If you want a reminder of how fractious life can feel in modern-day Europe, then take a look at the furious row in France over the writings of Kamel Daoud.
Kamel Daoud is the Algerian novelist who came within an ace of winning France's top book award - the Goncourt - last year for his Camus-inspired The Meursault Investigation.
He is also an independent-minded newspaper journalist, who has won as many enemies as friends over the years for his critical articles about the state of his country.
But Kamel Daoud has now announced to the world that he is giving up his newspaper work, and will focus on fiction.
Why? Because of the frenzied reaction to a piece he wrote in Le Monde concerning New Year's Eve in Cologne.
The article in question - entitled "Cologne - City of Illusions" - was a two-pronged attack on the cliches triggered by the mass molestations of women.
On the one hand Daoud deplored the far-right "illusion" which treats all immigrants as potential rapists.
But by far the greater part of his anger was directed at the "naive" political left, who in his view deliberately ignore the cultural gulf separating the Arab-Muslim world from Europe.
Thus, according to Daoud, Europe welcomes immigrants with visas and material sustenance - but without addressing what really counts, which is the world of values.
What Cologne showed, says Daoud, is how sex is "the greatest misery in the world of Allah".
"So is the refugee 'savage'? No. But he is different. And giving him papers and a place in a hostel is not enough. It is not just the physical body that needs asylum. It is also the soul that needs to be persuaded to change.
"This Other (the immigrant) comes from a vast, appalling, painful universe - an Arab-Muslim world full of sexual misery, with its sick relationship towards woman, the human body, desire. Merely taking him in is not a cure."
These were strong words, and the reaction came fast.
In an opinion piece also in Le Monde, a collective of intellectuals and academics delivered an excoriating attack on Daoud, whom they accused of "feeding the Islamophobic fantasies of a growing part of the European population."
Daoud, the authors said, had based his argument on a discredited "culturist" analysis. In other words, he made Arab-Muslim culture the determining agent in the behaviour of individuals - turning them into little more than "zombies".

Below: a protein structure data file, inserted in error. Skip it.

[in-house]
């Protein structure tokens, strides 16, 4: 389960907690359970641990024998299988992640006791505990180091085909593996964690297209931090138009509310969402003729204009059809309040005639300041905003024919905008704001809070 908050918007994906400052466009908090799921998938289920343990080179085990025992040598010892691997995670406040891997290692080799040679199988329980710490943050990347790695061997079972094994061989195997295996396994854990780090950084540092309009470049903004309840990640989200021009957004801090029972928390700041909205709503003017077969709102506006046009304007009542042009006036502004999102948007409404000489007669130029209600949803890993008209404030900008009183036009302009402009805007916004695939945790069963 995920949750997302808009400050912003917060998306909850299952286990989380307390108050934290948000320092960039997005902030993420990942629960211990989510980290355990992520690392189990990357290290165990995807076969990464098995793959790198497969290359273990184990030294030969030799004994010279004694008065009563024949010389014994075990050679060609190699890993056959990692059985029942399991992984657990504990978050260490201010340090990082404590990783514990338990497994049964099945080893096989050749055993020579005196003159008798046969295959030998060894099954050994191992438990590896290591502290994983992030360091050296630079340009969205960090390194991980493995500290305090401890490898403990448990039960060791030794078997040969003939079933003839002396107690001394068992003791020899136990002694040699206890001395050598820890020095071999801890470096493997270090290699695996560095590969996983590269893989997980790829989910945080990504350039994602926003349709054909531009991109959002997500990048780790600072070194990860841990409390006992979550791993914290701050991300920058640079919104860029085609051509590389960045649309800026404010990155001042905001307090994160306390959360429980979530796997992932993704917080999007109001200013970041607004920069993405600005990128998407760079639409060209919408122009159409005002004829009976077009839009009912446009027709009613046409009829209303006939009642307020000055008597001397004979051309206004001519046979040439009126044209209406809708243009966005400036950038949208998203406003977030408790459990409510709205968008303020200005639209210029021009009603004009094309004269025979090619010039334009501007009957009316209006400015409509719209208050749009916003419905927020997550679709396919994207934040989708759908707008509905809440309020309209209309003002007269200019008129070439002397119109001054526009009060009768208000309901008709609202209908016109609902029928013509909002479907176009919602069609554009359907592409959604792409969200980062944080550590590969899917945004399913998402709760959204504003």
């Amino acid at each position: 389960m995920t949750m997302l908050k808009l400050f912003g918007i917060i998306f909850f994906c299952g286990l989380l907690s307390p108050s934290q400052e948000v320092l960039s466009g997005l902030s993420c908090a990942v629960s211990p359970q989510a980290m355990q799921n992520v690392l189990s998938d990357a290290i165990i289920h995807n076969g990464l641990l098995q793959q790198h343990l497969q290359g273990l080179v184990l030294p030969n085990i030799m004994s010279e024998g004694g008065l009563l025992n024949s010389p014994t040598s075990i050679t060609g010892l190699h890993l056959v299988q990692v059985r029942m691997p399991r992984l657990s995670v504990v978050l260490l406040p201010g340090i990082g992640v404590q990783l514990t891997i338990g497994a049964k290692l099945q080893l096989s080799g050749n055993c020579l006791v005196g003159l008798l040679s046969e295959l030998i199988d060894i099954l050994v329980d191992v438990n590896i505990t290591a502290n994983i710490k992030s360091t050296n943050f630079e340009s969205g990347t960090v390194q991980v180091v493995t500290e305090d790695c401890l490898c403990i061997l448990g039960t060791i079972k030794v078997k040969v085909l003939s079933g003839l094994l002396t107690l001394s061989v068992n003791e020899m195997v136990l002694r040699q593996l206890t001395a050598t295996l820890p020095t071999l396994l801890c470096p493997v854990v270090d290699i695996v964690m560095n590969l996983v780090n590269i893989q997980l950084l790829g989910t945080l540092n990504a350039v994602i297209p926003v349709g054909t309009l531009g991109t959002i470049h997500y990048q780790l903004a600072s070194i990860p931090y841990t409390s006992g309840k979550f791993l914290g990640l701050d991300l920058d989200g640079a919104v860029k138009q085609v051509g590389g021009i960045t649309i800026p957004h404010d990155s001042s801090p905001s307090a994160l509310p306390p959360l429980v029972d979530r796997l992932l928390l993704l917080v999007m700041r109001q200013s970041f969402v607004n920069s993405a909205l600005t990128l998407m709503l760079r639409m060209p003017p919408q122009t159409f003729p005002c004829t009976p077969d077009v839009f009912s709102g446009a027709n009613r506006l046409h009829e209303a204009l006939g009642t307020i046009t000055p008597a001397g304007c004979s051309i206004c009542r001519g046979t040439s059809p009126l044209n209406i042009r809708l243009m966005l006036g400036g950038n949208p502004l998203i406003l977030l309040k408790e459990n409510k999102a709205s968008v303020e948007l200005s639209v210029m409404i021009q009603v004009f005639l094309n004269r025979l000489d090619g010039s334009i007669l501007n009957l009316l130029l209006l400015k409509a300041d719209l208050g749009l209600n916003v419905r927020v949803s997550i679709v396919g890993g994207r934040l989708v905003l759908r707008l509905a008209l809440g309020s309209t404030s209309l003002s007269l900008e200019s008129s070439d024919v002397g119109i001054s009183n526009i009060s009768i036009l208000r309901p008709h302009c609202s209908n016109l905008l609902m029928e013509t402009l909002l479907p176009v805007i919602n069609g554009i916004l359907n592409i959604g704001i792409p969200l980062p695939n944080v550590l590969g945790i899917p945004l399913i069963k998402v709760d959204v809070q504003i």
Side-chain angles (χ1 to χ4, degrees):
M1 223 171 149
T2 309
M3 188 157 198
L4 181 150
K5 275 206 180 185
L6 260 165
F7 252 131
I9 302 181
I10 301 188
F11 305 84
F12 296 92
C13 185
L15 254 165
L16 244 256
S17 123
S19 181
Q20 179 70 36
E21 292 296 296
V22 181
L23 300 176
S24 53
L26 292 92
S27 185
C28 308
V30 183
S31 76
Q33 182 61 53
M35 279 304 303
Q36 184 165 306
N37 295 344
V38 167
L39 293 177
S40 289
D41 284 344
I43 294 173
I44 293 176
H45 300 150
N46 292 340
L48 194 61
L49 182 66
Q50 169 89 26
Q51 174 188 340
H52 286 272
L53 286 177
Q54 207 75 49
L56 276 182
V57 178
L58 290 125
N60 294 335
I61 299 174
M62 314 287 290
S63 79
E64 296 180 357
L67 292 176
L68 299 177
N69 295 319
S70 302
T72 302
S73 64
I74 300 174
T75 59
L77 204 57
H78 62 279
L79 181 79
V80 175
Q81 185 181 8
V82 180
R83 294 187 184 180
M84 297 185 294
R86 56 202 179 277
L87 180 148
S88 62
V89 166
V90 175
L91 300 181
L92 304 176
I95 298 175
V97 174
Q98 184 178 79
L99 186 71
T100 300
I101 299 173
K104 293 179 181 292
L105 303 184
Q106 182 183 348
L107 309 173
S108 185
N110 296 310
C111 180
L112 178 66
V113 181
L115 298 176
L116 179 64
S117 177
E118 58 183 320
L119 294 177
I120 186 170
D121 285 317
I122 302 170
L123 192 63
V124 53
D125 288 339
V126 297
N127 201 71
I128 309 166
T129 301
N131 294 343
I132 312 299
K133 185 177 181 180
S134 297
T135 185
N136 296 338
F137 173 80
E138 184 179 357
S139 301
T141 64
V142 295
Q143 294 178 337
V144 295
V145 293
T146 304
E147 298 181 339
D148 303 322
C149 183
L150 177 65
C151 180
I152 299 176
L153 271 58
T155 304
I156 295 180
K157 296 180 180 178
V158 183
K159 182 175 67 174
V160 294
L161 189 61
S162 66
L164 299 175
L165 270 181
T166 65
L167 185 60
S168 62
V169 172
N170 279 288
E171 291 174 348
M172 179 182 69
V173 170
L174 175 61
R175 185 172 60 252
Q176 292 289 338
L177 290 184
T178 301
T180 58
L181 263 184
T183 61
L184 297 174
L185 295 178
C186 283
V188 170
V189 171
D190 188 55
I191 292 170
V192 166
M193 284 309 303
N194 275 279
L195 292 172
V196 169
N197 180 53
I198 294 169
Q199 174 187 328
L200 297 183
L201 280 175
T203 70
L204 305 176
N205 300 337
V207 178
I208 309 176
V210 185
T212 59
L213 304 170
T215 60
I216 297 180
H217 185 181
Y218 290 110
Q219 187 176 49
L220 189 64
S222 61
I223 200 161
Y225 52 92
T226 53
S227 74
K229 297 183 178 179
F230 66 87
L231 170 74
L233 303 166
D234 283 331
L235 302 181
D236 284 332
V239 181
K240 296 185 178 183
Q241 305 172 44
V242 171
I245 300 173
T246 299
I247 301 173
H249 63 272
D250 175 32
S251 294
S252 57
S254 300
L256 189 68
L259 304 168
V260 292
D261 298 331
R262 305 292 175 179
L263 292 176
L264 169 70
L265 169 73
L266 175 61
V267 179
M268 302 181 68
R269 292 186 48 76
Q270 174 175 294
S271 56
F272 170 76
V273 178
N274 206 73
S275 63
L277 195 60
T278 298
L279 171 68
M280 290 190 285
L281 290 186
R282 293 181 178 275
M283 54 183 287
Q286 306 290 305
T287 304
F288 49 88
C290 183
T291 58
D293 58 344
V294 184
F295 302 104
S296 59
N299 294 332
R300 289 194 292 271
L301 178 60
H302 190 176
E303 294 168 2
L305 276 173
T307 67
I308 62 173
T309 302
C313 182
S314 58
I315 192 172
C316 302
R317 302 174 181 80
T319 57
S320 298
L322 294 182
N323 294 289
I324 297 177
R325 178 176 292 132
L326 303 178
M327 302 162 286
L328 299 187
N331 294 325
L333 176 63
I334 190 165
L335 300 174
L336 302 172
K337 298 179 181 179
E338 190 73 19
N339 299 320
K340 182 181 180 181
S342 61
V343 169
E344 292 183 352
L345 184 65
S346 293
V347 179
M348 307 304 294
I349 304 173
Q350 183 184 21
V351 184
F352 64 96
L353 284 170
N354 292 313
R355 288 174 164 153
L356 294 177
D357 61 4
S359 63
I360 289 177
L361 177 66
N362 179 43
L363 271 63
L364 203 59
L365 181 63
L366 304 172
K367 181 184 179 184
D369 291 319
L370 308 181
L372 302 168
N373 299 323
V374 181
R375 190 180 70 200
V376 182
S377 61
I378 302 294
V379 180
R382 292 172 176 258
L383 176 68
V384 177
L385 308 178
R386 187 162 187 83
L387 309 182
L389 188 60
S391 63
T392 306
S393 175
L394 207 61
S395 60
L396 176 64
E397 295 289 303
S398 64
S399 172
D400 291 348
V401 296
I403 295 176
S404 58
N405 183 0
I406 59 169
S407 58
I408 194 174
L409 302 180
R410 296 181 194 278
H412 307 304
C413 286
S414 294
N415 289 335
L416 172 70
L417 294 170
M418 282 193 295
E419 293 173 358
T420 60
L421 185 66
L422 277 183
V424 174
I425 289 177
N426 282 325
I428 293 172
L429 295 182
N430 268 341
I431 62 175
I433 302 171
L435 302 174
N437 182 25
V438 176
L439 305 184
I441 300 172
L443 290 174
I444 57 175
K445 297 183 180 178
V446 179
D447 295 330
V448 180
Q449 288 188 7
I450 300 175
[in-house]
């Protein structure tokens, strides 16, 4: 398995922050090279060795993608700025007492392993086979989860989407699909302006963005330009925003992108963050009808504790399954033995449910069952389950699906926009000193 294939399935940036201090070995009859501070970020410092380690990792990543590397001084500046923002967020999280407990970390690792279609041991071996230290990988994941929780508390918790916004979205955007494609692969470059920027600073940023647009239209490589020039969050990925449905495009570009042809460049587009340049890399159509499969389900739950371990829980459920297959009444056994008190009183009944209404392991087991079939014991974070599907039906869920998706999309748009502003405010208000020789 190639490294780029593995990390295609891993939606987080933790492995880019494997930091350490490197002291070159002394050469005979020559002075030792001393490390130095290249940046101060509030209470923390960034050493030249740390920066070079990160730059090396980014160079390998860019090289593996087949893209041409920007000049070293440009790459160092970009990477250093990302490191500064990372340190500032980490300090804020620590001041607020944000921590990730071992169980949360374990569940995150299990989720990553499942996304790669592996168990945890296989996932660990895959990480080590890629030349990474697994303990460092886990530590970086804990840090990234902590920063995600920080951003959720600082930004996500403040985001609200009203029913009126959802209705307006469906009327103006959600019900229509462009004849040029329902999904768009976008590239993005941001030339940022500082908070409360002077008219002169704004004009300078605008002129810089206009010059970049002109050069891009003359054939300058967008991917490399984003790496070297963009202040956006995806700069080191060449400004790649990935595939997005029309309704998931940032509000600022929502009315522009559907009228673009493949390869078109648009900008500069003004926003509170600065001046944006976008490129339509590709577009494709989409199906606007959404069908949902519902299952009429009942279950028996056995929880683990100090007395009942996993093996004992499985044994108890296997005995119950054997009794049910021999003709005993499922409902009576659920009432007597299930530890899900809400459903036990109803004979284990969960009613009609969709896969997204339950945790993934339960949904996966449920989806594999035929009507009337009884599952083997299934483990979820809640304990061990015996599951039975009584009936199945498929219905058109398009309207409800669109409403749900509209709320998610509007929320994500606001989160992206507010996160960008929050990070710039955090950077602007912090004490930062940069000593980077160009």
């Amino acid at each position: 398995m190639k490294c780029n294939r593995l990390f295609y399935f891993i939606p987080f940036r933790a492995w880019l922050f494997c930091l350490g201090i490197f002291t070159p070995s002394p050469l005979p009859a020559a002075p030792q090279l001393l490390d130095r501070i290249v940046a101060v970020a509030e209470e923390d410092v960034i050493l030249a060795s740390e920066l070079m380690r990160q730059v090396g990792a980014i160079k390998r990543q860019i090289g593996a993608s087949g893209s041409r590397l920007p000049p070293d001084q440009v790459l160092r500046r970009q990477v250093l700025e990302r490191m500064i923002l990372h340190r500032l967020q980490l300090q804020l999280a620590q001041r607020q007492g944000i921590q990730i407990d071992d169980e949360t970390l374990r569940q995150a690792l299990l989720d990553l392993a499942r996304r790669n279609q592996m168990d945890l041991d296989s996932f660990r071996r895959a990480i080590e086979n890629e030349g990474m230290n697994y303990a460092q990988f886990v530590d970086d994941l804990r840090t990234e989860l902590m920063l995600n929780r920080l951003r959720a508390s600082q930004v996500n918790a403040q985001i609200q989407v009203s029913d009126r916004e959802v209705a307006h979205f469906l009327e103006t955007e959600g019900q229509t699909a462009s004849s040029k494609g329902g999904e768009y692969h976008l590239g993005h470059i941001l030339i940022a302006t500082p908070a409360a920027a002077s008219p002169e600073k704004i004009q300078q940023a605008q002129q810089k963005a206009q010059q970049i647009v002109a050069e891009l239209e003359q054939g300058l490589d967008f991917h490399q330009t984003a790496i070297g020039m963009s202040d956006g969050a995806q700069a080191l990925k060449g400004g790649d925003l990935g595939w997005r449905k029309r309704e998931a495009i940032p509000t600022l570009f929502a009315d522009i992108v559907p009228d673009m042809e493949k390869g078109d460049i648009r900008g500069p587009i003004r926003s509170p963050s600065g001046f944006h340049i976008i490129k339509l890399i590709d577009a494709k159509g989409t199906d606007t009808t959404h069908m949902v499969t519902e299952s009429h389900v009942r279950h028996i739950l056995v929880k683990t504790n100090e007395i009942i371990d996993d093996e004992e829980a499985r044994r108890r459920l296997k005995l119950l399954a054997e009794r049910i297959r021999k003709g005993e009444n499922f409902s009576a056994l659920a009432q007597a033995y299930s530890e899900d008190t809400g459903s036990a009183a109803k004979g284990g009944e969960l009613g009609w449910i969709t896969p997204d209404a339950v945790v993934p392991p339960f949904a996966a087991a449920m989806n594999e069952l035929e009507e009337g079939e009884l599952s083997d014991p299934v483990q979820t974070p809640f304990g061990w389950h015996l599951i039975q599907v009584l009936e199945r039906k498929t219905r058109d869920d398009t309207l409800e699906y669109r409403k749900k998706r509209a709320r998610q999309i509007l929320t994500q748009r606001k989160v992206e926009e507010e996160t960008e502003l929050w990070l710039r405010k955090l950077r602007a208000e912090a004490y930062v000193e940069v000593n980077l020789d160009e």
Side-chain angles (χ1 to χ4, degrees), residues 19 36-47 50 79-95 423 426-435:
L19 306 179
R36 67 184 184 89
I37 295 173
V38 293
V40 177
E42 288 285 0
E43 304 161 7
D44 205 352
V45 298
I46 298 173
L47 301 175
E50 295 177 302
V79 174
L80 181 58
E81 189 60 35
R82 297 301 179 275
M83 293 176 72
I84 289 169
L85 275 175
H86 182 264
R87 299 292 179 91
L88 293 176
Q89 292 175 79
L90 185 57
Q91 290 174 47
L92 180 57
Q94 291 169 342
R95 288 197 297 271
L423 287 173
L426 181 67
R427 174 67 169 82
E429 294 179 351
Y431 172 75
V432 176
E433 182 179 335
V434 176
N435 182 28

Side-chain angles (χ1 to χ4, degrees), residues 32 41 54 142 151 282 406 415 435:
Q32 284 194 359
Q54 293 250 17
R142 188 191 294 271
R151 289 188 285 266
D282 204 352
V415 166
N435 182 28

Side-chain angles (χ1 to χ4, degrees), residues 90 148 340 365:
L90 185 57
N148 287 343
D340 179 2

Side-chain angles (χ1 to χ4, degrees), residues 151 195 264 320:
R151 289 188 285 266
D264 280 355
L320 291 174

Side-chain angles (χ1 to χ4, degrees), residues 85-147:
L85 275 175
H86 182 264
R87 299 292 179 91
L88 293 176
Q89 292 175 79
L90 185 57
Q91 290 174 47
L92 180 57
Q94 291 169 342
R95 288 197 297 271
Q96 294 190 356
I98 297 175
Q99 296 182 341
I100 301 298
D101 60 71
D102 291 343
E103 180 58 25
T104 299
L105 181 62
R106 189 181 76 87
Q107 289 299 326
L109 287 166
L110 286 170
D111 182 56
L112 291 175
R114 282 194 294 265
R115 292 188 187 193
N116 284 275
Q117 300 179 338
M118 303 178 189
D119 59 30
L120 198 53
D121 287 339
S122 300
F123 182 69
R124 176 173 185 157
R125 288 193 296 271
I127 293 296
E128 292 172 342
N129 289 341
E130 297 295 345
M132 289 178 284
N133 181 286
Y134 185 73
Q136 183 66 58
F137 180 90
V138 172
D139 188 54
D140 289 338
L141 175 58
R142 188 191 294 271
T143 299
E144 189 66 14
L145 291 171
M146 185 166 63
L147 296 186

Worse, his call for immigrants to be taught western values was a form of "re-education".
"The whole project is scandalous, and not only because of the same old claptrap about the West's mission to civilise and its superior values.
"More than just the usual colonial paternalism… (Daoud) is effectively saying that the deviant culture of this mass of Muslims is a danger for Europe."
But worse was to come for Daoud: the row then spread to the US.
Last year Adam Shatz, a leading liberal journalist and editor, wrote a long and favourable profile of Daoud for the New York Times.
But now - regretfully but firmly - he turned against him.
"It is very hard for me to imagine that you truly believe what you have written. This is not the Kamel Daoud that I know," Shatz wrote in an open letter.
What worried Shatz - like the intellectuals (though he hated their "Soviet"-style public denunciation) - was the link Daoud drew between the events in Cologne and Islam.
"A few years ago we saw similar events at the Puerto Rico Day parade in New York. There too women were molested. But the molesters were not under the influence of Islam, but of alcohol," he wrote.
Shatz disputed the idea that sexuality in the Arab-Muslim world is universally a "misery".
And he was appalled by the implication that immigrant attitudes to sex and women were a "sickness" to be "cured". The same language, he said, was once applied to Jews.
Born in Algeria on 17 June 1970.
Edits the French-language daily Le quotidien d'Oran, for which he writes a column, "Raina Raikoum" (My Opinion, Your Opinion).
His debut novel, The Meursault Investigation won the Prix Goncourt du Premier Roman (Goncourt Prize for a first novel).
It is a retelling of Albert Camus's 1942 classic, The Stranger, from the perspective of the brother of the Arab killed by Meursault, Camus's antihero.
Across social media, the arguments have been raging.
For some, Daoud is a hero for speaking unpleasant truths about the culture of North Africa and the Middle East - doubly a hero for saying it not from exile but from his home in Oran.
But for his enemies, Daoud is a self-hating Arab who prefers French culture to Algerian, and whose attacks on religion are part-motivated by his own erstwhile flirtation with Islamism. (In the 1980s he was a young militant.)
Worse, they say his arguments play into the hands of the anti-immigrants in Europe who can now use them to nurse their own "illusions".
Daoud says he has had enough.
In an open letter to Shatz (a friend whose criticisms he respects), he denounces the academics and intellectuals who earlier denounced him.
"They do not live in my flesh or in my land, and I find it illegitimate - not to say scandalous - that certain people accuse me of Islamophobia from the safety and comfort of their western cafes."
And that is his last word.